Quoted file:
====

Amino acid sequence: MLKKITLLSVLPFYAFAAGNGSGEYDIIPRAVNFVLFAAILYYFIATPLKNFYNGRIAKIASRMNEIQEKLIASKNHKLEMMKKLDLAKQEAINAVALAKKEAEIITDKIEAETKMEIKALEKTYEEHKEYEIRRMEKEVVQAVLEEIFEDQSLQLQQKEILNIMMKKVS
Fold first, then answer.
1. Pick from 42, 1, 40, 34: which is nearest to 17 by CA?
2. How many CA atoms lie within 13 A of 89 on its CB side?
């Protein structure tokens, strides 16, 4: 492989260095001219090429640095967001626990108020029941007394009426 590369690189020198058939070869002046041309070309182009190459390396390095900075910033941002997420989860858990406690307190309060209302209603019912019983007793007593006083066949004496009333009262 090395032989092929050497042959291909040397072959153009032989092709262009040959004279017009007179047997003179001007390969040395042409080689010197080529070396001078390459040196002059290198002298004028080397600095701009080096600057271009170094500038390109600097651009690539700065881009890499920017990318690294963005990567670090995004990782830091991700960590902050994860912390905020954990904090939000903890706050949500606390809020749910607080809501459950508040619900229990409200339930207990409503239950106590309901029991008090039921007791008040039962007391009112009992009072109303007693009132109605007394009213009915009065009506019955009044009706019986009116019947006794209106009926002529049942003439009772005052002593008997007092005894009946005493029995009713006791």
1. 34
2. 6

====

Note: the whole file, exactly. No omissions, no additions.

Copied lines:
Amino acid sequence: MLKKITLLSVLPFYAFAAGNGSGEYDIIPRAVNFVLFAAILYYFIATPLKNFYNGRIAKIASRMNEIQEKLIASKNHKLEMMKKLDLAKQEAINAVALAKKEAEIITDKIEAETKMEIKALEKTYEEHKEYEIRRMEKEVVQAVLEEIFEDQSLQLQQKEILNIMMKKVS
Fold first, then answer.
1. Pick from 42, 1, 40, 34: which is nearest to 17 by CA?
2. How many CA atoms lie within 13 A of 89 on its CB side?
């Protein structure tokens, strides 16, 4: 492989260095001219090429640095967001626990108020029941007394009426 590369690189020198058939070869002046041309070309182009190459390396390095900075910033941002997420989860858990406690307190309060209302209603019912019983007793007593006083066949004496009333009262 090395032989092929050497042959291909040397072959153009032989092709262009040959004279017009007179047997003179001007390969040395042409080689010197080529070396001078390459040196002059290198002298004028080397600095701009080096600057271009170094500038390109600097651009690539700065881009890499920017990318690294963005990567670090995004990782830091991700960590902050994860912390905020954990904090939000903890706050949500606390809020749910607080809501459950508040619900229990409200339930207990409503239950106590309901029991008090039921007791008040039962007391009112009992009072109303007693009132109605007394009213009915009065009506019955009044009706019986009116019947006794209106009926002529049942003439009772005052002593008997007092005894009946005493029995009713006791």
1. 34
2. 6